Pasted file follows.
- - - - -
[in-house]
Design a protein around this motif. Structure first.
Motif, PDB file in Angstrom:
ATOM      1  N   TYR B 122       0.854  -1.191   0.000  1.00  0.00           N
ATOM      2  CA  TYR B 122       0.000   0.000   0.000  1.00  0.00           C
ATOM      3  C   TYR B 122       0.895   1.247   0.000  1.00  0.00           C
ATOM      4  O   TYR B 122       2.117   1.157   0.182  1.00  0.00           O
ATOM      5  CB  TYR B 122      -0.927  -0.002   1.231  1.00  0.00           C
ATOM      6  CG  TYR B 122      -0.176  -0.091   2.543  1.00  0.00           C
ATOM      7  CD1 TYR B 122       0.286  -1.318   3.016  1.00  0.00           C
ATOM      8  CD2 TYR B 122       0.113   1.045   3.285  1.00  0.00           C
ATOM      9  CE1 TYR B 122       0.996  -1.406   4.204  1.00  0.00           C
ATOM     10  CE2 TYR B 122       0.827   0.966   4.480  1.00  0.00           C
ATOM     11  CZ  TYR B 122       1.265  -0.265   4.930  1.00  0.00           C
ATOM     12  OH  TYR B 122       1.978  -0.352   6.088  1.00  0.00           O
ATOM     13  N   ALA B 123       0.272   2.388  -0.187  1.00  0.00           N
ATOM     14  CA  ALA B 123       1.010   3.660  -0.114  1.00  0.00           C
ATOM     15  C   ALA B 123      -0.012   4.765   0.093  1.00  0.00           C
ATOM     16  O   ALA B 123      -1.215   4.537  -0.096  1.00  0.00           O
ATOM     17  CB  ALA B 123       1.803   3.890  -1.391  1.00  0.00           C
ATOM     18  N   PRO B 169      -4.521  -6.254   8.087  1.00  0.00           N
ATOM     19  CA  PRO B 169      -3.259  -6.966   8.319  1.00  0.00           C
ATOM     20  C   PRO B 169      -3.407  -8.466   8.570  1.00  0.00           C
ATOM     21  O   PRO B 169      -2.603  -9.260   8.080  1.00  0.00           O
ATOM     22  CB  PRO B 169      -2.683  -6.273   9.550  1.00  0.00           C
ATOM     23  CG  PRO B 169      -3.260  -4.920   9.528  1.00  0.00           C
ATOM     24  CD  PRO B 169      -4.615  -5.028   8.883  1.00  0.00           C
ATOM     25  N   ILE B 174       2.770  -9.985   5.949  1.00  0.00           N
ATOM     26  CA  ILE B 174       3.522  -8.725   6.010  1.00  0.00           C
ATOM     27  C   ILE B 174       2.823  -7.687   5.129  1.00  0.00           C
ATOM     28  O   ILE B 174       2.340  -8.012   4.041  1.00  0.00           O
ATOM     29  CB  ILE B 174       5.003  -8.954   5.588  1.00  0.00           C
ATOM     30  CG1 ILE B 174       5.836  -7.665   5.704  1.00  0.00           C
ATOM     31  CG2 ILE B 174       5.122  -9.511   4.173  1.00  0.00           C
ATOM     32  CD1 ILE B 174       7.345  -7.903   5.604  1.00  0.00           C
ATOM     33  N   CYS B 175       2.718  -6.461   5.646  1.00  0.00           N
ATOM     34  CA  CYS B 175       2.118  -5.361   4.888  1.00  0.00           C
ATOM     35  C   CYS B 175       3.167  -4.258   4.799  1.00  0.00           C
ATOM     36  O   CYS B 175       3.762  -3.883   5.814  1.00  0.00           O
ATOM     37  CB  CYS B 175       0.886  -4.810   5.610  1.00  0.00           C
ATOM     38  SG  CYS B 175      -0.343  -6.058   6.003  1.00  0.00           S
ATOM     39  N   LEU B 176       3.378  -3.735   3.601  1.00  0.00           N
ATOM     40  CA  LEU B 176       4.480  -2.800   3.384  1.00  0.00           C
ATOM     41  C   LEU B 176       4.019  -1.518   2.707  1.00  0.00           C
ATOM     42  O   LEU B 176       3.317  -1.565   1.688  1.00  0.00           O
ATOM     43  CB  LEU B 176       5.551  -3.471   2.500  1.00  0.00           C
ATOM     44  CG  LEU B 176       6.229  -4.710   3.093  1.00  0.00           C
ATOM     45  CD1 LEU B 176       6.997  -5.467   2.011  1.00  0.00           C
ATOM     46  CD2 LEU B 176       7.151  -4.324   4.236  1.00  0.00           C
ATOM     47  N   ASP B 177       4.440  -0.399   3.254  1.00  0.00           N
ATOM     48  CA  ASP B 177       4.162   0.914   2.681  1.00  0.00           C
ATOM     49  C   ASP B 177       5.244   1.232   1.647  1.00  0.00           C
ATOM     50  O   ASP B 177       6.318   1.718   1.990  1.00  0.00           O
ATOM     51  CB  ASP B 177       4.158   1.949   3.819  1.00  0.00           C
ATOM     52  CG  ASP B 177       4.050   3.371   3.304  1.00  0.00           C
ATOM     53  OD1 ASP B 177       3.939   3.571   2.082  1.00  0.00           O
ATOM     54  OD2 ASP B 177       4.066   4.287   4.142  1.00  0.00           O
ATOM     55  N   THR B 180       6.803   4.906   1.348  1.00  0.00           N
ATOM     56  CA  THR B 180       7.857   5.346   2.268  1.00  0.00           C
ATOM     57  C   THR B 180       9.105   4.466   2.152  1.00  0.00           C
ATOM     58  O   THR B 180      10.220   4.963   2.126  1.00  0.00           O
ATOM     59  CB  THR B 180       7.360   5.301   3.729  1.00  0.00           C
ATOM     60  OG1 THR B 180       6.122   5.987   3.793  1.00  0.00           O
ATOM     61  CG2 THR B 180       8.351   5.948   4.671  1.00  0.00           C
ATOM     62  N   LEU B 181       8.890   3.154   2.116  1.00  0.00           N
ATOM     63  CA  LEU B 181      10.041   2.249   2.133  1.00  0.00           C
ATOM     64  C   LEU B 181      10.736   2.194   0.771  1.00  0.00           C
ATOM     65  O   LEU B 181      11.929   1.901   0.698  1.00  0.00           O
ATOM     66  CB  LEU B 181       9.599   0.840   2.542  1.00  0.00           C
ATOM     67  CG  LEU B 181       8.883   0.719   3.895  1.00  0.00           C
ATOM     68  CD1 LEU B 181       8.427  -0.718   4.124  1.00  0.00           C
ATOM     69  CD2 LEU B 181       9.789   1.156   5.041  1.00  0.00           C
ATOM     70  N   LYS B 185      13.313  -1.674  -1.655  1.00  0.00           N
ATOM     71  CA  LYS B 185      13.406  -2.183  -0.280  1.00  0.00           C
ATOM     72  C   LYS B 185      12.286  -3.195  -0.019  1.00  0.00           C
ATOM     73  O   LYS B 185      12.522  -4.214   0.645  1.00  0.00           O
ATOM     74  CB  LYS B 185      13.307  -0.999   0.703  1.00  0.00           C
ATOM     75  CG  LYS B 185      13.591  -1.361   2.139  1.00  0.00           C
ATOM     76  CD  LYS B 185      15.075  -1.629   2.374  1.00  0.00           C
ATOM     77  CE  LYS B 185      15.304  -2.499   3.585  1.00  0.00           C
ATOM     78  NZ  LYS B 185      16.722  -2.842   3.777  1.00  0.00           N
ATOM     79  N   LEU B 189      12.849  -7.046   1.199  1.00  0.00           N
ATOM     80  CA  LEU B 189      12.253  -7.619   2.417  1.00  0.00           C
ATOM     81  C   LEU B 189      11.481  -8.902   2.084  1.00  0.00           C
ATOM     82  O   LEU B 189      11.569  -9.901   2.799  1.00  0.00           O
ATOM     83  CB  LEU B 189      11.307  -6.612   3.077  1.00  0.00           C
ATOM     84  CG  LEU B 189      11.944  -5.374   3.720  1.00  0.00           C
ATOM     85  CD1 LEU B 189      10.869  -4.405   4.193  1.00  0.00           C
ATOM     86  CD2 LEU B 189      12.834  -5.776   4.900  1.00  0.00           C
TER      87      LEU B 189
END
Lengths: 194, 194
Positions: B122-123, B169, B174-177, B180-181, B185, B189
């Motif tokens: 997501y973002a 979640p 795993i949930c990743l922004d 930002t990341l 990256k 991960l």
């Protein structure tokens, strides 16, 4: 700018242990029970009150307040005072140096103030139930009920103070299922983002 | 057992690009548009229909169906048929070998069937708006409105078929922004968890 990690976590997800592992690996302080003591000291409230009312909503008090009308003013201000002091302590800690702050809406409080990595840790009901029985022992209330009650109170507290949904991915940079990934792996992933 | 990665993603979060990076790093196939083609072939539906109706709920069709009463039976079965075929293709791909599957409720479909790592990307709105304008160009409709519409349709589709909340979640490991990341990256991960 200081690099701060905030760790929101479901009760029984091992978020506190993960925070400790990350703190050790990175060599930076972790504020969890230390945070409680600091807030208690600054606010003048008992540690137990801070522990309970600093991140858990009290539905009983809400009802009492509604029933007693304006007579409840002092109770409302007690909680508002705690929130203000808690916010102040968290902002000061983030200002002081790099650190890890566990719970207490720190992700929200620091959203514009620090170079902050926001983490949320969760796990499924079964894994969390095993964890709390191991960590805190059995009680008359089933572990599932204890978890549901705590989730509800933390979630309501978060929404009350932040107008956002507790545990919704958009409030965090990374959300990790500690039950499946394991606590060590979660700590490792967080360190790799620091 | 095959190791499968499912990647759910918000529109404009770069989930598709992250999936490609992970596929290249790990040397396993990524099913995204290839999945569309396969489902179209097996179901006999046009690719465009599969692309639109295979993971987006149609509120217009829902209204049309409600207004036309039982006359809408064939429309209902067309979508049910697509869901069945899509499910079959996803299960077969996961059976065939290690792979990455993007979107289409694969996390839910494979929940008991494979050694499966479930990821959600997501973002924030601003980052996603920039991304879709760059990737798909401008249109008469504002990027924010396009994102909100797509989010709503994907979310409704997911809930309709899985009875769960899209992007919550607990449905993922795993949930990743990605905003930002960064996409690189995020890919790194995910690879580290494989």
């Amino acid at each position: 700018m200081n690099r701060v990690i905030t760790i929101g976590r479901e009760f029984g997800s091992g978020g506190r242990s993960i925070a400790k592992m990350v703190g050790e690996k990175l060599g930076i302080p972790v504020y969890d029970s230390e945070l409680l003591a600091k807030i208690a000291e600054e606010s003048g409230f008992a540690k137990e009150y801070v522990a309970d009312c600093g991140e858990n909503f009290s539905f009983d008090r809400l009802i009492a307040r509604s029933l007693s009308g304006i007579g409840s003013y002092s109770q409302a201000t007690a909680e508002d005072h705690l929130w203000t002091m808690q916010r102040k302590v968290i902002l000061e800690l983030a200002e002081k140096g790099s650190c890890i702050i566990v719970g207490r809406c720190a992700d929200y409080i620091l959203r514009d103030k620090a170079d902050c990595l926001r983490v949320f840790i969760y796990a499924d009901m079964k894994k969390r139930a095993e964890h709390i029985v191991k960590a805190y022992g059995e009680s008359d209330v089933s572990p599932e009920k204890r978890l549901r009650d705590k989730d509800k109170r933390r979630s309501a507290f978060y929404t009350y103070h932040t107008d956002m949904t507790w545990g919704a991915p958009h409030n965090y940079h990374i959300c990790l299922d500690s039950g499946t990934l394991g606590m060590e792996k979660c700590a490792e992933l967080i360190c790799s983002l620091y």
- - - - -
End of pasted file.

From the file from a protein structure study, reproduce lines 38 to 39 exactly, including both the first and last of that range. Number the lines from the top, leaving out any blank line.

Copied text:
ATOM     35  C   CYS B 175       3.167  -4.258   4.799  1.00  0.00           C
ATOM     36  O   CYS B 175       3.762  -3.883   5.814  1.00  0.00           O